Wednesday, March 7, 2012

Story impact of early Image's inter company crossovers (Part 2)

Of course, the Image crossovers whose impact spilled beyond the obligatory team up extended past their joint efforts with DC. Jim Lee's WildStorm studios collaborations with Marvel and Dark Horse produced some very peculiar moments for superhero fans.

Following Jim Lee's work for the "X-Men" publisher on the 1996 Heroes Reborn relaunch, an agreement was reached to produce a crossover. The WildC.A.T.s/X-Men crossover was produced as four issues designed with the idea of introducing the Image superheroes into various parts of the mutant continuity. It's chiefly remembered for Travis ("Metabarons") Charest's superb art in the first episode, but it's the Jim Lee pencilled second issue that poses a very interesting tidbit for this retrospective.

The Scott Lobdell plot pairing Grifter and Jean Grey is quickly forgettable and could easily have been reworked to feature Gambit, another Jim Lee co-creation in Cole Cash's role, but that's also beside the point. What sticks to mind is the role of Mister Sinister in this flashback story. The controversial X-Men villain concocts another of his complicated genetic schemes, providing the crossover set up, and Lee tries his best to enliven the proceedings with some new narrative techniques.

The opening starring Grifter in the cell brings to mind Lee studying Frank Miller's and publishing the results as the early episodes of "Deathblow". It's interesting to note that even at his commercial peak, Lee was taking steps into improving his much lauded art. And while "WildC.A.T.s/X-Men: Silver age" fails as a showcase for accomplished storytelling it more than fulfills the idea of serving as a sleek presentation of two high grossing franchises at their most commercial.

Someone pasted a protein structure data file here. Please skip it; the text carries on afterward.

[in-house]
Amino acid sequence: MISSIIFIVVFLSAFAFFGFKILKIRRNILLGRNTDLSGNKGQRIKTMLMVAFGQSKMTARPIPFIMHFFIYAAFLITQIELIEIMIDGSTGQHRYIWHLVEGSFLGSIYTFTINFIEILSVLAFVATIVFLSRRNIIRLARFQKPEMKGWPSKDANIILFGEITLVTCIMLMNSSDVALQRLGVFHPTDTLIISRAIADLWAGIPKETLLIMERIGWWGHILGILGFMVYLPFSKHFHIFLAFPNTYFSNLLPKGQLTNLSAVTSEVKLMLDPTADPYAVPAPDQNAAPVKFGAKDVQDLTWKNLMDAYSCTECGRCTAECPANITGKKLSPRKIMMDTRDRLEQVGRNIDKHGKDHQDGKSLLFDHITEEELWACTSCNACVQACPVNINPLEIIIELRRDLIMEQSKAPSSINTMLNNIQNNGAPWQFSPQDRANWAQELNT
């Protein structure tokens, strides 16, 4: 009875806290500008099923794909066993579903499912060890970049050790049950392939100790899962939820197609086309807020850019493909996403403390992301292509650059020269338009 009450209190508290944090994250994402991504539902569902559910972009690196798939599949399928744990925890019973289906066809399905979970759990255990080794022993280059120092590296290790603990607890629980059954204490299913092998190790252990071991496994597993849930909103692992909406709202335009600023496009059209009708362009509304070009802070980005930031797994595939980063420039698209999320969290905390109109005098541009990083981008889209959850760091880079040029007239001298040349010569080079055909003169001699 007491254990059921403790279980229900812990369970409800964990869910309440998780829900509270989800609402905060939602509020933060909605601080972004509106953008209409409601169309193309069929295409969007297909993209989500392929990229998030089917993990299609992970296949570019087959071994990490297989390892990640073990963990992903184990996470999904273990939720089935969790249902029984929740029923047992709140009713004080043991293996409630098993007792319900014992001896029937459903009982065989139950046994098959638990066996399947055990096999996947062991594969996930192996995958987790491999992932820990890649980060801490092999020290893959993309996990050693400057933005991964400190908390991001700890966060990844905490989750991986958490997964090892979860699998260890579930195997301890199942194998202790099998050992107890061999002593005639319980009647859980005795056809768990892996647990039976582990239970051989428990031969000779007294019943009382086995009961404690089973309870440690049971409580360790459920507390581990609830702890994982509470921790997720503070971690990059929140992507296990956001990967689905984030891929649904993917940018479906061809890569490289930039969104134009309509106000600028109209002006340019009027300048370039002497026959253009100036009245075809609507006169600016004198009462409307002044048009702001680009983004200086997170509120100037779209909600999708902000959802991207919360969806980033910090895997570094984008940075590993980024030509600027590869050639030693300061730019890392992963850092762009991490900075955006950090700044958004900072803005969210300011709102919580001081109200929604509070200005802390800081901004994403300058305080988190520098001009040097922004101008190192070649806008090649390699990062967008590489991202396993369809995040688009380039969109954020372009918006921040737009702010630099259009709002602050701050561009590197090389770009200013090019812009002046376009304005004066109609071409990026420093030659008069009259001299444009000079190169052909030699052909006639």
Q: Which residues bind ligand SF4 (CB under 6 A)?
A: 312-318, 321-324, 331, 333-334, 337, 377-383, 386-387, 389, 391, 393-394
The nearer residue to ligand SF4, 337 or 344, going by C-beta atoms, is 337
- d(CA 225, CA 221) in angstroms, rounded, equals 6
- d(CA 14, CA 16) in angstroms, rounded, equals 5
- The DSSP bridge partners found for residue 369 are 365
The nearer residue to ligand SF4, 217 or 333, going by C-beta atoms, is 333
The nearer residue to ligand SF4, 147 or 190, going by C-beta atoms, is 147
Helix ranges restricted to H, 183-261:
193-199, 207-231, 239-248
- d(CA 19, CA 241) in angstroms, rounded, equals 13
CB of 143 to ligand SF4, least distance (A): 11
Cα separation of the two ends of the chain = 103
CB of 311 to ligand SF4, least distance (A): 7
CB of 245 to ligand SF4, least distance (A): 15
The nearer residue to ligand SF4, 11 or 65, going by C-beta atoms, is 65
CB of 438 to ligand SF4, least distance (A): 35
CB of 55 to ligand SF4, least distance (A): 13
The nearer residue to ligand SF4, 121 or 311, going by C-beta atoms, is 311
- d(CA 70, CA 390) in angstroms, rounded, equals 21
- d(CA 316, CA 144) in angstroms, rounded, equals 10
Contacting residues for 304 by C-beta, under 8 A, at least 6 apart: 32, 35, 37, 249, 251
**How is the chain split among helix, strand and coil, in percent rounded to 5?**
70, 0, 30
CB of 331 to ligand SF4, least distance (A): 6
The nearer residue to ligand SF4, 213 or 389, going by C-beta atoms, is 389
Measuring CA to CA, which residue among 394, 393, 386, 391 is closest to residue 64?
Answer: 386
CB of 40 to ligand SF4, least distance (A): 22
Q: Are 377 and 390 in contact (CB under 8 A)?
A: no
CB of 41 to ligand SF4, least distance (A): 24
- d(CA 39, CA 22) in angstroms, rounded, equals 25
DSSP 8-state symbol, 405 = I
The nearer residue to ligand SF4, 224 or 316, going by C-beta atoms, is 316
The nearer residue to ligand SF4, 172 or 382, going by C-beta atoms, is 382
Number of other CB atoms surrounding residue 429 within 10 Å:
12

For "WildC.A.T.s" this meant posing as an established superhero title, in very much the same mold as the X-Men, that first brought Lee to prominence. As for "the X-Men", they were still at a point where the audience was fascinated by the implications of their convoluted continuity, inspiring the crossover's four standalone stories. Interestingly, following Lee's brief formal experimentation at the beginning of "Silver age", the episode closes with Lobdell making a brief implication that cements the crossover's place in the X-Men chronology.

Namely, Sinister makes a reference to taking Jean Grey's DNA sample during her brief alliance with Grifter. This explains how he was able to clone Madelyne Pryor which eventually lead to "the Inferno" crossover, a major late 1980s X-Men story. Today it seems like a minor story point, but the mid 1990-ies fans were positively ravenous about Marvel's mutant heroes, enabling the company to spin story arcs and events from even the most minor of plot minutiae.

Next: the retrospective finishes with the quintessential Image inter company crossover that introduced major changes to a comics' continuity!

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